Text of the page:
20 June 2014 – The ITF (International Transport Workers’ Federation) LATAM network reports that it is hearing of concerns from passengers due to fly on LAN and TAM planes during a strike expected to begin in Peru on 26 June. Unions report that more than 200 mechanics – over 70 per cent of all LAN Peru mechanics – will not be certifying airplane flights during the strike, which is expected to affect operations across Latin America, including during the World Cup.
LAN Peru aviation mechanics are responsible for the security of the flights of LAN and TAM Airlines (the LATAM Airline Group), and their function is fundamental to the maintenance of the aircraft and the safety of flights.
On 26 and 27 June a strike is likely to take place, called by the SITALANPE trade union, which represents 70 per cent of all those mechanics. This is expected to result in cancellations and delays across the region. The mechanics are unequivocal: their labor is not replaceable because they are certified to work on the aircraft. “We are the ones that review the planes each time that they land and if we do not sign the logbook of the aircraft, they do not leave. Without our approval, no plane will be able to fly and therefore the whole company will stop, ” explained Juan Carlos Talavera, a LAN Peru aviation mechanic and press secretary of SITALANPE.
Lima, Peru, is the central hub for maintenance work in the holding company that includes both the LAN and TAM Airlines. The Peruvian mechanics maintain the cargo and passenger aircraft for LAN Argentina, LAN Chile, LAN Ecuador, LAN Peru, and TAM and LAN Cargo.
Dario Castillo Alfaro, the leader of the LAN Chile mechanics’ union, commented: “Our mechanics’ union is supporting the Peruvian workers and is ready to express its solidarity and support. As Chileans, we are depending on our Peruvian co-workers to protect the aviation sector in Latin America from the kind of cost cutting in operations that threatens the security of our passengers. As LAN and TAM workers we know that on behalf of passengers and aviation workers, it is our obligation to inform customers of potential problems and risks. The future of aviation in South America is being threatened by the company’s refusal to negotiate in Peru and Argentina.”
The ITF LATAM Network, which represents unions working across the airlines, has been assisting passengers with information about possible delays, in particular via the Facebook pageswww.facebook.com/pages/Latam-Network-ITF/311133405678274(in English) and www.facebook.com/profile.php?id=100008053089507&fref=ts&ref=br_tf (in Spanish). Among the passengers spoken to by its members was Sally McManus, a trade unionist from Sydney, Australia, who is visiting Brazil for the World Cup. She told them: “I don’t want to fly in TAM or LAN Airlines. I had so many problems with TAM because they changed my flight three times and their toll free number did not work in Australia. But the worst thing is that I do not think that it is secure to fly when there is an aviation mechanics’ strike and the company is using temporary mechanics without experience in the company. Now I am with GOL, because TAM is too dangerous with the mechanics’ strike and there are too many delays and cancellations. I want to enjoy the World Cup!”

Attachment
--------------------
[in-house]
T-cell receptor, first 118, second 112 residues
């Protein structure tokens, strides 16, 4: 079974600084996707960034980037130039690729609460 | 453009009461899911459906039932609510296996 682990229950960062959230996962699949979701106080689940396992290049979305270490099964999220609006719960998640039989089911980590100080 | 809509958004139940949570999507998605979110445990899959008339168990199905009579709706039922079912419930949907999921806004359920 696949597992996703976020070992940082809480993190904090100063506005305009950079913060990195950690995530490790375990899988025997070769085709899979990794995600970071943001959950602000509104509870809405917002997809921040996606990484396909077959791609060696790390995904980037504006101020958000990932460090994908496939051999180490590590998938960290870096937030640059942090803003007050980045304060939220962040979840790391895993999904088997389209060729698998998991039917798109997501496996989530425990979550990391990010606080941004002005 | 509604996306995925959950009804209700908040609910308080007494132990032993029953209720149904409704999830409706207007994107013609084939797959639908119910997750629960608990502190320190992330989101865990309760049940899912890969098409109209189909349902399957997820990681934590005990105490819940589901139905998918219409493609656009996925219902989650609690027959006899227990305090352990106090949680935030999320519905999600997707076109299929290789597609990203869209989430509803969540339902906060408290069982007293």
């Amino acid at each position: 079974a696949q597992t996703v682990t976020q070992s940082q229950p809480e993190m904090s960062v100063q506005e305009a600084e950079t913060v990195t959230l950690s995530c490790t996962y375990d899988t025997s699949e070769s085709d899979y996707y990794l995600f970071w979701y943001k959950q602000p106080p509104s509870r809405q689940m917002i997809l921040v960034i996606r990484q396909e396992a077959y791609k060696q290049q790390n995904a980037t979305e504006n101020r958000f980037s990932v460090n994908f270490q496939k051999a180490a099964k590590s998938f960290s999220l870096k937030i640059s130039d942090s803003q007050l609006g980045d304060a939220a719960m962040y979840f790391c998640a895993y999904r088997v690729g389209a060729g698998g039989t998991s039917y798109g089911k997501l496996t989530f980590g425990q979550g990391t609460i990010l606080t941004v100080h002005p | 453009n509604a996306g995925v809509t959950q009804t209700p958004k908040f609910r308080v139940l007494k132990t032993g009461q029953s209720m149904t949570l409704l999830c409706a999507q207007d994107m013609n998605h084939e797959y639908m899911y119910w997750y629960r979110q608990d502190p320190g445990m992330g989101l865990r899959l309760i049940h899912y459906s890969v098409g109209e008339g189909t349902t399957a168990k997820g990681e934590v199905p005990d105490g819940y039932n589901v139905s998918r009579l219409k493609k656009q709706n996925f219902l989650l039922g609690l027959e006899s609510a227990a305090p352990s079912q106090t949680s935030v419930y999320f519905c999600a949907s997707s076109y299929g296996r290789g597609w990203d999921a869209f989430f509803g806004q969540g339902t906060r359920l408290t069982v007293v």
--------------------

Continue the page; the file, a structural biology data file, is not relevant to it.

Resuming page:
LAN Peru aviation mechanics, who ensure the safety of LAN and TAM planes, say that they have not received a salary increase in over 10 years and are paid half of what Chileans and Argentineans receive for doing the same work in the same company. Rather than resolve this problem, they report, the company has terminated seven mechanics, given forced leave time to their experienced technicians and hired temporary mechanics without experience in the company.
Meanwhile, flight attendants at LAN Argentina have been working without a legal collective bargaining agreement since the start of the Argentinean subsidiary in 2005. Argentinian aviation workers report that, prior to the 2014 World Cup, TAM Airlines fired pilots and cabin crews and cut routes in Brazil in order to increase profits. This has generated worries that they will not be prepared for the avalanche of visitors to Brazil. Some 80 percent of TAM’s management are reportedly new. Cabin crew members point out that if they do not have decent working conditions and adequate rest their ability to carry out their vital safety functions may be impaired.
The worry is now the company’s inability to provide a stable working environment could lead to unnecessary delays and cancellations of flights, and may even put the high standard of operational safety at risk.
LAN Peru is the central hub for mechanical work on LAN and TAM, while attendants from LAN Argentina fly daily to Miami, Punta Cana, San Paulo, Lima and Santiago. Many of the increased LAN and TAM flights to Brazil for the World Cup have been routed through Argentina.